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25. June 2014

Music played on radio in rental cars: no obligation to pay compensation

This has recently been stated in a judgment from Borgarting Court of Appeal ..... Lovdata 

Artists, musicians and producers are entitled to compensation when their music is played on radio or otherwise is performed publicly. This follows from the Copyright Act § 45 b. Payment of compensation is made through the organization Gramo, which collects payments and allots to the various right holders. Gramo has agreements with a number of industries (hotels, shops, clubs, gyms, etc.) that regulates compensation for their use of music.

In 2010 Gramo initiated negotiations with several car rental agencies with the goal of reaching a compensation agreement. The car rental companies on their part claimed that there is no basis for claiming compensation for music played on the radio in the car, as this can not be considered to be a public performance. Gramo then filed a lawsuit against the major car rental agencies requesting a declaratory judgment that compensation should be paid by according to the Copyright Act § 45 b.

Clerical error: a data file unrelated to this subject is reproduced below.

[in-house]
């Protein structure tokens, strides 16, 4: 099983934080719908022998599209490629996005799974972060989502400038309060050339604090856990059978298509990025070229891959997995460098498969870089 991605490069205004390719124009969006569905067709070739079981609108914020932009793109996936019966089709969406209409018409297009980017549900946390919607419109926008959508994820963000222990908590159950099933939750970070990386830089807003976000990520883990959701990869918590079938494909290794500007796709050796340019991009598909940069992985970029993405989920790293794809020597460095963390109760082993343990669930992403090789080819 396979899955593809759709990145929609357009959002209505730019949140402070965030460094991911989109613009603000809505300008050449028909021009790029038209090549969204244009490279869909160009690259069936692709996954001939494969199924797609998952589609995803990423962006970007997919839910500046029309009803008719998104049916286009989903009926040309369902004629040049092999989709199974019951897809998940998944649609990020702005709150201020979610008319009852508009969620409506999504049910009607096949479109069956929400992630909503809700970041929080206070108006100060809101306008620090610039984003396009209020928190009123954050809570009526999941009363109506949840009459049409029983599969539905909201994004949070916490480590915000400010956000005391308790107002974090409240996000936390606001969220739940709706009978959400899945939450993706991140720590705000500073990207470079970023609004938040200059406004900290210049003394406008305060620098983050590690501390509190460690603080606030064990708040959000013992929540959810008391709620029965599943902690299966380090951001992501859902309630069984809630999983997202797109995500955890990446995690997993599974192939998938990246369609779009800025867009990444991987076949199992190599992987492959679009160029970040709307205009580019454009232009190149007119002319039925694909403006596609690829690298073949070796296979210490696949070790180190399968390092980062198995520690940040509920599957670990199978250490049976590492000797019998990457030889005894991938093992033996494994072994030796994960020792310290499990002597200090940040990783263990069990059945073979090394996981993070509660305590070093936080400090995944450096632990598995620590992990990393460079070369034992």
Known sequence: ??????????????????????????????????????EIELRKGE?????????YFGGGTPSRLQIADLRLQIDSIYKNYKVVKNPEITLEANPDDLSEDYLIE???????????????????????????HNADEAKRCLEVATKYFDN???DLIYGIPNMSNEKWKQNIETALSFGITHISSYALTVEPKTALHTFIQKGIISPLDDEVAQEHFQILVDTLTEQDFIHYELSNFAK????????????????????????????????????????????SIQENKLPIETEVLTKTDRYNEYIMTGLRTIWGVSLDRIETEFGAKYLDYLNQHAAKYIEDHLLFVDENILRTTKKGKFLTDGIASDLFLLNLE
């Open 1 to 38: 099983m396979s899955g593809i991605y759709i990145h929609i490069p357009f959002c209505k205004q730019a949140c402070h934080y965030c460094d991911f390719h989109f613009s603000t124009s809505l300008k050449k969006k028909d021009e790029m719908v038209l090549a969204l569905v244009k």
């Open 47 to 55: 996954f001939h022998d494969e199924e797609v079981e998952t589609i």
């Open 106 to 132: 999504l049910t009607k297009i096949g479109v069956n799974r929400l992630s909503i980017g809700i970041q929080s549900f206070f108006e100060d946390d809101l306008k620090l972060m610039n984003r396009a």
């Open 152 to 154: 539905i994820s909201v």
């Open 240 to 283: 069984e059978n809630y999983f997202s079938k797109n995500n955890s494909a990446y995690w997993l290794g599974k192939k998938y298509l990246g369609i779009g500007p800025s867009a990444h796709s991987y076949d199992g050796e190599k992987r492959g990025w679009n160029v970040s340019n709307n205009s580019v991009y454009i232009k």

The provision reads: "Recording of performing artists' performances can within the in § 45 mentioned period against compensation be made available to the public by public performance . This does not apply to transfer in such a way that the individual can choose the time and place of access to the recording”. Subject matter raises the question of whether the transfer is a performance, that is, a publishing, of the music. It generally requires a certain connection (closeness) between the action (the vehicle has a mounted radio) and the general public’s access to the music.

The District Court in Asker and Bærum concluded that the rental of vehicles with fixed radio entails payment obligation under the provision, as it was considered to be publication of music in terms of the Copyright Act. The rental companies appealed, and the Court of Appeal came to the opposite conclusion:

The court primarily emphasizes that the rental companies’ purpose with making available rental cars with fixed radio is not giving customers access to copyright protected music – in contrast to for example hotels, whose installation of radio and television in the guestrooms is a deliberate act based on a motive of economic profit. Car rental companies do not enrich themselves at the expense of the right holders by offering vehicles with radio. It is further emphasized that in practice they can not offer cars without mounted radio. A radio receiver is today a fixed integral part of the vehicle's control system, which can not be removed because of the way it is integrated with other necessary functions.

The Court of Appeal states that the car rental companies’ hire of cars with mounted radio in itself is not an act that involves performance in the sense of the Copyright Act § 45 b. The court  discusses therefore not whether the act is public.

After this, compensation for music played on radio in rental cars should not be paid.